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Atlantic Coast Pipeline Canceled as Delays and Costs Mount


Two of the nation’s largest utility companies announced on Sunday that they had canceled the Atlantic Coast Pipeline, which would have carried natural gas across the Appalachian Trail, as delays and rising costs threatened the viability of the project.

Duke Energy and Dominion Energy said that lawsuits, mainly from environmentalists aimed at blocking the project, had increased costs to as much as $8 billion from about $4.5 billion to $5 billion when it was first announced in 2014. The utilities said they had begun developing the project “in response to a lack of energy supply and delivery diversification for millions of families, businesses, schools and national defense installations across North Carolina and Virginia.”

The two energy companies won a victory only last month in the Supreme Court over a permit from the U.S. Forest Service, but said “recent developments have created an unacceptable layer of uncertainty and anticipated delays” for the pipeline. They cited the potential for further legal challenges.

Dominion also said on Sunday that it was selling all of its gas transmission and storage assets to an affiliate of Warren Buffett’s Berkshire Hathaway in a deal valued at $9.7 billion.

Environmental groups have long criticized Dominion and Duke for their continued development of fossil fuel projects. The two companies have argued that they have increasingly added renewable energy sources to produce electricity that include wind, solar and hydro power, but they also contend that they need natural gas for the times when those clean energy resources are not available.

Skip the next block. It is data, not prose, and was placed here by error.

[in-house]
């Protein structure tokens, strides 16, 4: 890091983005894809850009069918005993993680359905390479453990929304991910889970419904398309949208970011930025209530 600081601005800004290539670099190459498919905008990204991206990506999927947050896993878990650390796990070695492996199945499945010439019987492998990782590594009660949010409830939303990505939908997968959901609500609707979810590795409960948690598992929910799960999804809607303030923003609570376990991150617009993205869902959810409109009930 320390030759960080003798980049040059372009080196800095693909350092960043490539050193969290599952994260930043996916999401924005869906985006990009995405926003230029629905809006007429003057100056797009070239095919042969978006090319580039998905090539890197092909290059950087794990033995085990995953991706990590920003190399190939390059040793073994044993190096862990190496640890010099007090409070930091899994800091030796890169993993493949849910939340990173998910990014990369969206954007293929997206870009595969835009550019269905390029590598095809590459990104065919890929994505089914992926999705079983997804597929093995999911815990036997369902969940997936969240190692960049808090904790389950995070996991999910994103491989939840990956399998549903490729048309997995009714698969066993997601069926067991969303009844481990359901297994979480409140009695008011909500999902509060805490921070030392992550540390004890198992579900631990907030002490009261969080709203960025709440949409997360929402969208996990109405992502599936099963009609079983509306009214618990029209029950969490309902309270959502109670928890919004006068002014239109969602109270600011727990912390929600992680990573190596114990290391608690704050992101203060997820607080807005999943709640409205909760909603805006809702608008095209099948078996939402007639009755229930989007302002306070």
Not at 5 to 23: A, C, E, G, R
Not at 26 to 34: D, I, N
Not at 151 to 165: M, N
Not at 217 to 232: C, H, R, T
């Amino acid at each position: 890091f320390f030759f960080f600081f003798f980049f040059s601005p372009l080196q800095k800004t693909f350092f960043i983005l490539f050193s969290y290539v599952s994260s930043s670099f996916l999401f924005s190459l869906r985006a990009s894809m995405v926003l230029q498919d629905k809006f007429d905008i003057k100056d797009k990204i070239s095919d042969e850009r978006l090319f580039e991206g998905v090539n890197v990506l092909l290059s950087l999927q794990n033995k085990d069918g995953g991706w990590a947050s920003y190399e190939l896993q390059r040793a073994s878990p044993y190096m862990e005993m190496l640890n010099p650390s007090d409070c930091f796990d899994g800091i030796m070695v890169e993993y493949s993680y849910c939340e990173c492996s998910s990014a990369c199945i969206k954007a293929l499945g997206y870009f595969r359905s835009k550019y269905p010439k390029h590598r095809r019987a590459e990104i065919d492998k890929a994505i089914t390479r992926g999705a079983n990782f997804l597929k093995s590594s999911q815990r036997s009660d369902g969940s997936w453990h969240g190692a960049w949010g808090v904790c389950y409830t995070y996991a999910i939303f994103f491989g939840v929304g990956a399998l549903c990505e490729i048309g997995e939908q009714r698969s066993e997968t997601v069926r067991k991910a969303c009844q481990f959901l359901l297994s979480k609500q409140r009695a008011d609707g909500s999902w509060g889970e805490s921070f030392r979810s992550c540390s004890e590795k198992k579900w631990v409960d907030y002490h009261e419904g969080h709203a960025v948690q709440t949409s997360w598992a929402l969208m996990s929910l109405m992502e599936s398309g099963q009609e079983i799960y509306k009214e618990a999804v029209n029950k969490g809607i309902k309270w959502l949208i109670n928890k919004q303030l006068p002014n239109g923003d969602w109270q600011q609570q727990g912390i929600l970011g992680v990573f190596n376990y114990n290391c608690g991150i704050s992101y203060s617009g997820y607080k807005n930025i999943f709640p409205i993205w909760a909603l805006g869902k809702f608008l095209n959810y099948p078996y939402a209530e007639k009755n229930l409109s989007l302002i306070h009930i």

“For almost six years we have worked diligently and invested billions of dollars to complete the project and deliver the much-needed infrastructure to our customers and communities,” executives for Dominion and Duke said in a prepared statement. “This announcement reflects the increasing legal uncertainty that overhangs large-scale energy and industrial infrastructure development in the United States.”

Gillian Giannetti, a lawyer with the Sustainable FERC Project at the Natural Resources Defense Council, quickly issued a statement in support of the utilities’ move. “The costly and unneeded Atlantic Coast Pipeline would have threatened waterways and communities across its 600-mile path,” he said. “As they abandon this dirty pipe dream, Dominion and Duke should now pivot to investing more in energy efficiency, wind and solar — that’s how to provide jobs and a better future for all.”

Dominion’s agreement with Berkshire Hathaway Energy includes the sale of more than 7,700 miles of natural gas storage and transmission pipelines and about 900 billion cubic feet of gas storage. As part of the deal, Berkshire Hathaway will assume about $5.7 billion in debt and make a $4 billion cash payment to Dominion at the closing.

Dominion, which is based in Richmond, Va., provides electricity and natural gas to more than seven million customers across 20 states. Berkshire Hathaway Energy’s operations include a portfolio of more than $100 billion in assets and provide service to 12 million electric and natural gas users.

“We are very proud to be adding such a great portfolio of natural gas assets to our already strong energy business,” Mr. Buffett said in a statement.



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